They signed up to “Unleash the Power Within,” but they didn’t expect it would come with such a burning sensation. According to the Associated Press, 21 participants suffered burns after walking across hot coals at an event held by motivational speaker Tony Robbins on Thursday. Three of the wounded were burnt so badly that they were rushed to the hospital.
The injuries happened during “The Firewalk Experience” which comprises the first day of “Unleash the Power Within,” Robbins’ flagship three-and-half day seminar, during its stint at the San Jose Convention Center. “The Firewalk Experience” consists of participants walking across a bed of coals heated to an excruciating 2,000 degrees Fahrenheit, in order to “learn how to annihilate your fears” and “understand that there is absolutely nothing you cannot overcome,” Robbins’ website explains. Unfortunately, withstanding burnt feet was one thing that some coal-walkers couldn’t really control.
“I just heard these screams of agony,” San Jose resident Jonathan Correll, told the Associated Press. Correll, 25, wasn’t at the event but heard the screams emanating from the convention center, as he stood outside gawking with a fast-growing crowd. “People were in pain. It sounded like people were being tortured,” he said. “It was really just chaos.” Correll saw three ambulances rush to the scene, with some victims being treated by paramedics on the scene and others having to be wheeled away on stretchers.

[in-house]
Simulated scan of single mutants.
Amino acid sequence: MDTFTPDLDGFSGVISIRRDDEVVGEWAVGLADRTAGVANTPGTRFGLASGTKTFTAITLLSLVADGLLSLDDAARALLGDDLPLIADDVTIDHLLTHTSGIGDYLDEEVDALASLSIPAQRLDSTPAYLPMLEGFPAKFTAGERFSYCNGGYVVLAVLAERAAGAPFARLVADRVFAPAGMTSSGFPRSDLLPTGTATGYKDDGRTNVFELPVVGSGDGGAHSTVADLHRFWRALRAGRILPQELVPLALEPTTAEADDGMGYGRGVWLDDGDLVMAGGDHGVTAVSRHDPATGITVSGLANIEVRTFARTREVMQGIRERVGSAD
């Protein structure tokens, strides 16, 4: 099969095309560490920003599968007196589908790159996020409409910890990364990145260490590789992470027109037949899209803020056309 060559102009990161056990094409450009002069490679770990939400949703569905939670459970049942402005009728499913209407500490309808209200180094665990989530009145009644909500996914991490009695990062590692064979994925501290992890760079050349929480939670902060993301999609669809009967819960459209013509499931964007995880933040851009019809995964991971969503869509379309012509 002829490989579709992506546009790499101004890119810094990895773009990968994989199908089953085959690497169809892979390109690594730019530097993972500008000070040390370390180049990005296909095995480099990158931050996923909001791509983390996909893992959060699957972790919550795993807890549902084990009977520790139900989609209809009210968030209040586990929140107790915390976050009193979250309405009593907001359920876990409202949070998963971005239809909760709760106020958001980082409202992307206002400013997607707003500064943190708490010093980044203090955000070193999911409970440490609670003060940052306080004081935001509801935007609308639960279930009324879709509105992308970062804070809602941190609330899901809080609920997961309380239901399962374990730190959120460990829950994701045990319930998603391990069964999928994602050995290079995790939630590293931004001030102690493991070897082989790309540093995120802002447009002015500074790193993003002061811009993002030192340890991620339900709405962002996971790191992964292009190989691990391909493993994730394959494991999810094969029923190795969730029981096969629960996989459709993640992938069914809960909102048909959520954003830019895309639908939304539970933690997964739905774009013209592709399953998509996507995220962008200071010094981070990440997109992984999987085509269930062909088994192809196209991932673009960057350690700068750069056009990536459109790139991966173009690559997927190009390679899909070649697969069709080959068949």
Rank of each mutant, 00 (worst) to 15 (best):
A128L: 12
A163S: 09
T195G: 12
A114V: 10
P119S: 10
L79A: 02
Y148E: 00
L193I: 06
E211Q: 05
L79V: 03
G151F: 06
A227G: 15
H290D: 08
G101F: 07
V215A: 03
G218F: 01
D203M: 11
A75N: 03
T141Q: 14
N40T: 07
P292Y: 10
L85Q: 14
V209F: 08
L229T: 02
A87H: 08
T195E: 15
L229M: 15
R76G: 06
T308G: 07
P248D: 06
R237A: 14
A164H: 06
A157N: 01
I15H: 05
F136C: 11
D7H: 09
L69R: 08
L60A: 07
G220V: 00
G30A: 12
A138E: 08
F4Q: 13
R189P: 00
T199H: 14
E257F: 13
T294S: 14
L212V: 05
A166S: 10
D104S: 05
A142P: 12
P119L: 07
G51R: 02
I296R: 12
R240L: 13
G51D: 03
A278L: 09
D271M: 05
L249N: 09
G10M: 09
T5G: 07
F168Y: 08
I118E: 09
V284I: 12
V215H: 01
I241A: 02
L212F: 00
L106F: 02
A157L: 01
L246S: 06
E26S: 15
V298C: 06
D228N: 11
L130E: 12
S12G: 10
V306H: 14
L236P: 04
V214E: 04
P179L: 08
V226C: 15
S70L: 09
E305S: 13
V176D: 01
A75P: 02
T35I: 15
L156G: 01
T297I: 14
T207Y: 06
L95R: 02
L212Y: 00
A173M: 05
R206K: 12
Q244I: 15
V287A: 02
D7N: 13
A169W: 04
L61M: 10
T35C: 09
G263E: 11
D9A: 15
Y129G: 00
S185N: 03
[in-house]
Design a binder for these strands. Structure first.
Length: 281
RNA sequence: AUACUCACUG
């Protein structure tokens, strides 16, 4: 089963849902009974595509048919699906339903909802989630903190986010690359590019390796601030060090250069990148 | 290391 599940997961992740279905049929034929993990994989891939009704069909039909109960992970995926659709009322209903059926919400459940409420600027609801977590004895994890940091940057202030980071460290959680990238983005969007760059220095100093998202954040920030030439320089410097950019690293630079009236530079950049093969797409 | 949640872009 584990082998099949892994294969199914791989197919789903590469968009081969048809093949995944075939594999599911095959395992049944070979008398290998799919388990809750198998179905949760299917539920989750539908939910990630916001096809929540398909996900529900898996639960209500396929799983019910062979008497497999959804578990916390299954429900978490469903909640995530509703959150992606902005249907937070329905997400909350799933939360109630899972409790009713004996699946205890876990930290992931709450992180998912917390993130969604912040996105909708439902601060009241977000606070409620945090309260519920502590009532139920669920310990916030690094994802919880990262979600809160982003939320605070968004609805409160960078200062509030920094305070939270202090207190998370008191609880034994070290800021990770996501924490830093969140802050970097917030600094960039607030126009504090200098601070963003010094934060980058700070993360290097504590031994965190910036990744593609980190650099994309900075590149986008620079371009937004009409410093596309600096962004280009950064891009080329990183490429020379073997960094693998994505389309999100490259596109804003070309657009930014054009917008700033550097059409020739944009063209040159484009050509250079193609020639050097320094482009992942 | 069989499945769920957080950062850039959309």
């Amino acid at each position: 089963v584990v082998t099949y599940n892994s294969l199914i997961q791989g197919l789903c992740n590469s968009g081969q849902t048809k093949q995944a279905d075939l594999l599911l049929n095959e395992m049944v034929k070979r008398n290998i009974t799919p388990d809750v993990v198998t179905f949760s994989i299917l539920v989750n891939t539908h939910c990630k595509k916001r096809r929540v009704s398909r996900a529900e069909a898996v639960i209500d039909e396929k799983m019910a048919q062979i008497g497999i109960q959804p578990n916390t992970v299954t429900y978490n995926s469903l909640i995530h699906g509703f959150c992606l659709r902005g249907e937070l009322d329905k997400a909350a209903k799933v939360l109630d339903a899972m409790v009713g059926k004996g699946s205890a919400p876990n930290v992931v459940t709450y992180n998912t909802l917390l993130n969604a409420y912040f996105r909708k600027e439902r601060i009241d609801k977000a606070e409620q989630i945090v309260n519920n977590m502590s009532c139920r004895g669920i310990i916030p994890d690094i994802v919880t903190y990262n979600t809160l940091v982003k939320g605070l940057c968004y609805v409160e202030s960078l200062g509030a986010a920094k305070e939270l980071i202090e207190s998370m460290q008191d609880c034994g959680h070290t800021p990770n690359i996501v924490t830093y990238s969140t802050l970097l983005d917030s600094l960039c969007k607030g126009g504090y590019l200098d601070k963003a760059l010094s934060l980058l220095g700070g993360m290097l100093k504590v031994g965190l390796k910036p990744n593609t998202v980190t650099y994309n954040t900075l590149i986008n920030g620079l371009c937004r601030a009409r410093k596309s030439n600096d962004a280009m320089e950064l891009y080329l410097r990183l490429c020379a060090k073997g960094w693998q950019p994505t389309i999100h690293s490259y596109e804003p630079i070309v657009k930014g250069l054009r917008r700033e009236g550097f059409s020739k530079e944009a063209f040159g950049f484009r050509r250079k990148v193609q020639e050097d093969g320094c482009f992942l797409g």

However, not everyone shared his harrowing version of events. Carolyn Graves, a 50-year old real estate agent from Toronto, claimed that those who were injured “were out of state,” and thus not in the correct frame of mind to walk painlessly across the fiery floor. She glamorized the event to the New York Times, noting that the fire walk “transformed people’s lives in a single night,” serving as a “metaphor for facing your fears and accomplishing your goals.”
Robbins Research International, the San-Diego-based organization behind the “Unleash the Power Within” program, has staunchly defended its inclusion of the fire walk. “More than 6,000 attendees participated in the traditional fire walk across hot coals,” they said in a statement. “We have been safely providing this experience for more than three decades, and always under the supervision of medical personnel.” The fire walk was organized as 24 separate lanes, each eight feet long, that participants were instructed to walk across.
While they admitted that a “small number of our participants experienced pain or minor injuries and sought medical attention,” the organization assured it will “continue to work with local fire and emergency personnel to ensure this event is always done in the safest way possible.”